At a glance
Also known as
Why get tested?
To determine whether you have an inherited G6PD deficiency, necessary to keep red blood cells healthy.
When to get tested?
If a child experienced persistent jaundice as a newborn that was not due to another identified cause; when you have had one or more intermittent bouts of haemolytic anaemia that appear to be due to an caused by some medicines, foods, or infections.
A blood sample drawn from a vein in your arm
What is being tested?
This test measures the amount of glucose-6-phosphate dehydrogenase (G6PD) in the red blood cells (RBCs). G6PD is an that protects red blood cells from the effects of oxidation. If there is insufficient G6PD, the RBCs become more vulnerable to . If these RBCs are exposed to an oxidative agent (for a list, click here), it changes their cellular structure, precipitating haemoglobin inside the cells (), causing them to break apart ().
G6PD deficiency (most severe form is called Favism) is the most common enzyme deficiency in the world, affecting about 400 million people according to the Nemours Foundation. It may be seen in up to 20% of the population in Africa, 4-30% in the Mediterranean and is found in Southeast Asia. or changes in the G6PD may lead to the production of a G6PD enzyme that has diminished functionality or stability. This is expressed as decreased enzyme activity levels.
So far, more than 440 G6PD gene variations have been identified and can cause enzyme activity deficiencies of varying severity depending on the mutation and on the individual person. The G6PD gene is located on the X . Since males have one X and one Y chromosomes, a single X chromosome carrying the faulty G6PD gene with no additional healthy X chromosome will result in G6PD deficiency. Males inherit the condition from their mother.
Females have two X chromosomes, thus two copies of the G6PD gene could possibly be inherited. females (those with only one altered gene) can produce enough normal G6PD that they usually do not experience any . However, the presence of the abnormal form may be identified if the deficiency is detected in their male children. Rarely, a female may be , having two altered G6PD genes (the same or different mutations), and thus will experience G6PD deficiency.
In newborns, G6PD deficiency may cause persistent jaundice. Left untreated, this jaundice can lead to brain damage and mental retardation.
Most people with G6PD deficiency can lead fairly normal lives, but they must be cautious to avoid certain medications (aspirin, sulphonamides, quinine, Dapsone), foods (such as fava beans), and chemical substances (such as naphthalene, found in moth balls), which can cause oxidative stress resulting in a haemolytic crisis. A comprehensive list is found on the G6PD Deficiency Favism Association website. Infections, either or , can also cause oxidative stress and lead to bouts of haemolytic anaemia. With haemolytic anaemia, RBCs are destroyed at an accelerated rate and the patient becomes pale and fatigued (anaemic) as their capacity for providing oxygen to their body decreases. In some cases, jaundice can also be present during episodes of haemolysis. Most of these episodes are self-limiting, but if a large number of RBCs are destroyed and the body cannot replace them fast enough, then the affected patient may require a blood transfusion or even develop kidney problems. A small percentage of those affected with G6PD may experience anaemia.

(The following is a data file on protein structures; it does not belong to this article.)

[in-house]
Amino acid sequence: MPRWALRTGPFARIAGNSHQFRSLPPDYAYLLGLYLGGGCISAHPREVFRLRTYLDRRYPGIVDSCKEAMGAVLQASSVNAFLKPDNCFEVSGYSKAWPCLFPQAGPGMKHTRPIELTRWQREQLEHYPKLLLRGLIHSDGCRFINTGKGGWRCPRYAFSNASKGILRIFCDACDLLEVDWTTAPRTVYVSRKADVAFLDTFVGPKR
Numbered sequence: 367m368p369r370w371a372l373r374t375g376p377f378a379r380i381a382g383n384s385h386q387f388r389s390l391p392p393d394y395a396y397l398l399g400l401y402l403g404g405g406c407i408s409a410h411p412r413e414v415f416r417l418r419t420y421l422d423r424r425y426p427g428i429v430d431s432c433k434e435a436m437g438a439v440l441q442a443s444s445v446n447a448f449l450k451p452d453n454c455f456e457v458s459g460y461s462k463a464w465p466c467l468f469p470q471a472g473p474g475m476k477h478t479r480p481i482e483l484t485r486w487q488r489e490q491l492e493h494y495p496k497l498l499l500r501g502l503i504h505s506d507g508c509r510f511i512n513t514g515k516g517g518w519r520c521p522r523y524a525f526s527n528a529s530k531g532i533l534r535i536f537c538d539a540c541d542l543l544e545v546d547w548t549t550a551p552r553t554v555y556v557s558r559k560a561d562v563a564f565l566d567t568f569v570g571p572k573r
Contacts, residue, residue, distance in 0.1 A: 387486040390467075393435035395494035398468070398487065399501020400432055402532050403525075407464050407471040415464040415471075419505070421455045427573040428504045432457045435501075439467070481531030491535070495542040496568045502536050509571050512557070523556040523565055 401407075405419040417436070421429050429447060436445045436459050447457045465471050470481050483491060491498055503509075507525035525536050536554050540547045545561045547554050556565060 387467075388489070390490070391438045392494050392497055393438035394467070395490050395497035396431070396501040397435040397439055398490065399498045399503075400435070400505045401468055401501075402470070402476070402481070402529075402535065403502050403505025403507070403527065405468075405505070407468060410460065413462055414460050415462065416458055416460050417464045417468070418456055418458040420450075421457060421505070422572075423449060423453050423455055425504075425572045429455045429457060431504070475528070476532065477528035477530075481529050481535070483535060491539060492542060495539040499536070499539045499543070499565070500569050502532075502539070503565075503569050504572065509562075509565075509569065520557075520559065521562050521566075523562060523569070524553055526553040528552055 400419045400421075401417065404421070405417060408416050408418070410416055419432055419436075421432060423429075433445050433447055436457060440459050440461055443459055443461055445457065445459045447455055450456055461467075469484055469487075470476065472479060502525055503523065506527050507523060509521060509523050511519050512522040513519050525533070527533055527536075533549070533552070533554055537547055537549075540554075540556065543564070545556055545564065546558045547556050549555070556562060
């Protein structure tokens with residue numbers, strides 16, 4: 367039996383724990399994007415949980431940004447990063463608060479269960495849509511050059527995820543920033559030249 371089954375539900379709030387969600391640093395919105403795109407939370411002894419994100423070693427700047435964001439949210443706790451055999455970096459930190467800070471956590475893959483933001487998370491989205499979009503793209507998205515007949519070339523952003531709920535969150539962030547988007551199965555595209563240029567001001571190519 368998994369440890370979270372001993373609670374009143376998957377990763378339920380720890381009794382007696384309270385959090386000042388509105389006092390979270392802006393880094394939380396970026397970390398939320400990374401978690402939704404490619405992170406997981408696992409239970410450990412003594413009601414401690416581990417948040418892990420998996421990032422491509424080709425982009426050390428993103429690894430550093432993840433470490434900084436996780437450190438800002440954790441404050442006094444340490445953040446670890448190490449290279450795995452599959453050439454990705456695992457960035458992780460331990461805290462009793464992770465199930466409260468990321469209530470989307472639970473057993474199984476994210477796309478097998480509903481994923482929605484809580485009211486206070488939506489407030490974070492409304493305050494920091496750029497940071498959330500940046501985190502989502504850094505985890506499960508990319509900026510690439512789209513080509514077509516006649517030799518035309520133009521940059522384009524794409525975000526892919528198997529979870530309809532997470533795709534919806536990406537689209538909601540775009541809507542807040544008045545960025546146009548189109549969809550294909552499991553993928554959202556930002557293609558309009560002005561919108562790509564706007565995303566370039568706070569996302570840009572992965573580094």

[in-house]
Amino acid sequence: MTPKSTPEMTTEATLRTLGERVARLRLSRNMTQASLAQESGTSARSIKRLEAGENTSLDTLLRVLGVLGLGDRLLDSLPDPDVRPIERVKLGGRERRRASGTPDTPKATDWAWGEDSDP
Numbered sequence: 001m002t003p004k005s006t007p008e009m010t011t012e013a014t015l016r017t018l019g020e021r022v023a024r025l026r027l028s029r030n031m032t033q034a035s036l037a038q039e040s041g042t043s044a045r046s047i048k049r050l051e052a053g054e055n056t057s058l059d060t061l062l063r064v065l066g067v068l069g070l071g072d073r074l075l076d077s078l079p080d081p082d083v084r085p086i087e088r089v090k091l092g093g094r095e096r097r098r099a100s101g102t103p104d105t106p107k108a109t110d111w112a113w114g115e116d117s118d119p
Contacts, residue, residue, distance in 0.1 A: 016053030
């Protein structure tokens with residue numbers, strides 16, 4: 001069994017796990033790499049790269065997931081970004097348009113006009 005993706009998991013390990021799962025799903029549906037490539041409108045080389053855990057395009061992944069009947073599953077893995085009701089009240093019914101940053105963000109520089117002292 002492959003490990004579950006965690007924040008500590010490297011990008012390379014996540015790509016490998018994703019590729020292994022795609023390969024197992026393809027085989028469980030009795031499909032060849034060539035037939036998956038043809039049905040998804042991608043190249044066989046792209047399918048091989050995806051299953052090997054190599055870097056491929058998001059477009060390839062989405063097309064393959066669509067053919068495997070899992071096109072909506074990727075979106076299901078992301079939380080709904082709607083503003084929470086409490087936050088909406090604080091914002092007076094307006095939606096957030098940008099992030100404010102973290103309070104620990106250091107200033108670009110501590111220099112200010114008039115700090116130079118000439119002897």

How is the sample collected for testing?
A blood sample is obtained by inserting a needle into a vein in the arm.
Is any test preparation needed to ensure the quality of the sample?
No test preparation is needed.
Why is the detection of G6PD deficiency important?
The detection allows patients to work with their doctor and to educate themselves about a condition that will affect them to some degree for the rest of their lives. It also allows patients to talk to the doctor about how this trait is inherited and the potential impact it may have on their children. By knowing about the deficiency and avoiding potential triggering substances and situations, most of those who have G6PD deficiencies can lead relatively normal lives.
Is it important to determine which mutation I have?
Not for you personally, but it may aid in detecting the mutation in other family members. Genetic testing usually only tests for the most common mutations. If you have one of the common mutations, then testing other family members for that mutation is useful in establishing familial patterns.
Do I need to tell a new doctor that I have a G6PD deficiency if I do not have any symptoms?
Yes, this is an important part of your medical history and will affect future procedures and treatment options. Your doctor needs to know if you have a G6PD deficiency or if you know that you are an . As noted, a variety of drugs can exacerbate the haemolytic episode, requiring immediate attention including a blood transfusion.